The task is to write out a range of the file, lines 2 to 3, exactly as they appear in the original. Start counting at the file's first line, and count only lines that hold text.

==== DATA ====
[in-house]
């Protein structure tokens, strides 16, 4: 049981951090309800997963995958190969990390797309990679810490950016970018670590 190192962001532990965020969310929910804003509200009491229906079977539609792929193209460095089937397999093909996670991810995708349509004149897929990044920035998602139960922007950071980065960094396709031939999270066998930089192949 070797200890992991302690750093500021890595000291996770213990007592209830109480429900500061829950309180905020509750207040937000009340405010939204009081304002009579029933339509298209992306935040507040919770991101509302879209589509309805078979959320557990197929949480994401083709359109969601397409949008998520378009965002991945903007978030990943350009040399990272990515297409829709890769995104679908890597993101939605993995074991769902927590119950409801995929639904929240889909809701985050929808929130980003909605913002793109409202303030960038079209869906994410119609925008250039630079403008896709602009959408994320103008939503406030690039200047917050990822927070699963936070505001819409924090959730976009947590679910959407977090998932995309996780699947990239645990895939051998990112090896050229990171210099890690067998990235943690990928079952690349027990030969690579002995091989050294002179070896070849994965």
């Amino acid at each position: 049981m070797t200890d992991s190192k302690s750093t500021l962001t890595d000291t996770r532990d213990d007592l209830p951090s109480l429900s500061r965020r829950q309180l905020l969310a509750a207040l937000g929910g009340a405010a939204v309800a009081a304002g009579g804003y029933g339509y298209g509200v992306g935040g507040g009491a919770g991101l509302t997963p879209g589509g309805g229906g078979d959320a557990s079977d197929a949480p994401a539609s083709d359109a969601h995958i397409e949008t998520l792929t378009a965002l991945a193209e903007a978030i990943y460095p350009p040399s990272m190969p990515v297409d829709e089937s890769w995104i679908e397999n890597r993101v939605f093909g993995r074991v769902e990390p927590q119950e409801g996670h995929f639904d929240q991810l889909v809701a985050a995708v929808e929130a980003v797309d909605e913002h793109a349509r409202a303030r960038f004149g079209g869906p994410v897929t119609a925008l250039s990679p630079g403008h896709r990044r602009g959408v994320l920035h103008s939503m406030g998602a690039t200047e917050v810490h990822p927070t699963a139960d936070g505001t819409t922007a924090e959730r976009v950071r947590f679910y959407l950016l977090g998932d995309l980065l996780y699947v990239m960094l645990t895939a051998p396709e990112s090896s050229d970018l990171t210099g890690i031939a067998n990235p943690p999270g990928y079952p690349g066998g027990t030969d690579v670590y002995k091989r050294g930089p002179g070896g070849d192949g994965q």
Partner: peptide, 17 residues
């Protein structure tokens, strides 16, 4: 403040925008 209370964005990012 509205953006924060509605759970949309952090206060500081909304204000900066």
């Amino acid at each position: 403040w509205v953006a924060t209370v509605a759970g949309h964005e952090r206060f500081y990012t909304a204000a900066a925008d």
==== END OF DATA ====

């Protein structure tokens, strides 16, 4: 049981951090309800997963995958190969990390797309990679810490950016970018670590 190192962001532990965020969310929910804003509200009491229906079977539609792929193209460095089937397999093909996670991810995708349509004149897929990044920035998602139960922007950071980065960094396709031939999270066998930089192949 070797200890992991302690750093500021890595000291996770213990007592209830109480429900500061829950309180905020509750207040937000009340405010939204009081304002009579029933339509298209992306935040507040919770991101509302879209589509309805078979959320557990197929949480994401083709359109969601397409949008998520378009965002991945903007978030990943350009040399990272990515297409829709890769995104679908890597993101939605993995074991769902927590119950409801995929639904929240889909809701985050929808929130980003909605913002793109409202303030960038079209869906994410119609925008250039630079403008896709602009959408994320103008939503406030690039200047917050990822927070699963936070505001819409924090959730976009947590679910959407977090998932995309996780699947990239645990895939051998990112090896050229990171210099890690067998990235943690990928079952690349027990030969690579002995091989050294002179070896070849994965």
């Amino acid at each position: 049981m070797t200890d992991s190192k302690s750093t500021l962001t890595d000291t996770r532990d213990d007592l209830p951090s109480l429900s500061r965020r829950q309180l905020l969310a509750a207040l937000g929910g009340a405010a939204v309800a009081a304002g009579g804003y029933g339509y298209g509200v992306g935040g507040g009491a919770g991101l509302t997963p879209g589509g309805g229906g078979d959320a557990s079977d197929a949480p994401a539609s083709d359109a969601h995958i397409e949008t998520l792929t378009a965002l991945a193209e903007a978030i990943y460095p350009p040399s990272m190969p990515v297409d829709e089937s890769w995104i679908e397999n890597r993101v939605f093909g993995r074991v769902e990390p927590q119950e409801g996670h995929f639904d929240q991810l889909v809701a985050a995708v929808e929130a980003v797309d909605e913002h793109a349509r409202a303030r960038f004149g079209g869906p994410v897929t119609a925008l250039s990679p630079g403008h896709r990044r602009g959408v994320l920035h103008s939503m406030g998602a690039t200047e917050v810490h990822p927070t699963a139960d936070g505001t819409t922007a924090e959730r976009v950071r947590f679910y959407l950016l977090g998932d995309l980065l996780y699947v990239m960094l645990t895939a051998p396709e990112s090896s050229d970018l990171t210099g890690i031939a067998n990235p943690p999270g990928y079952p690349g066998g027990t030969d690579v670590y002995k091989r050294g930089p002179g070896g070849d192949g994965q």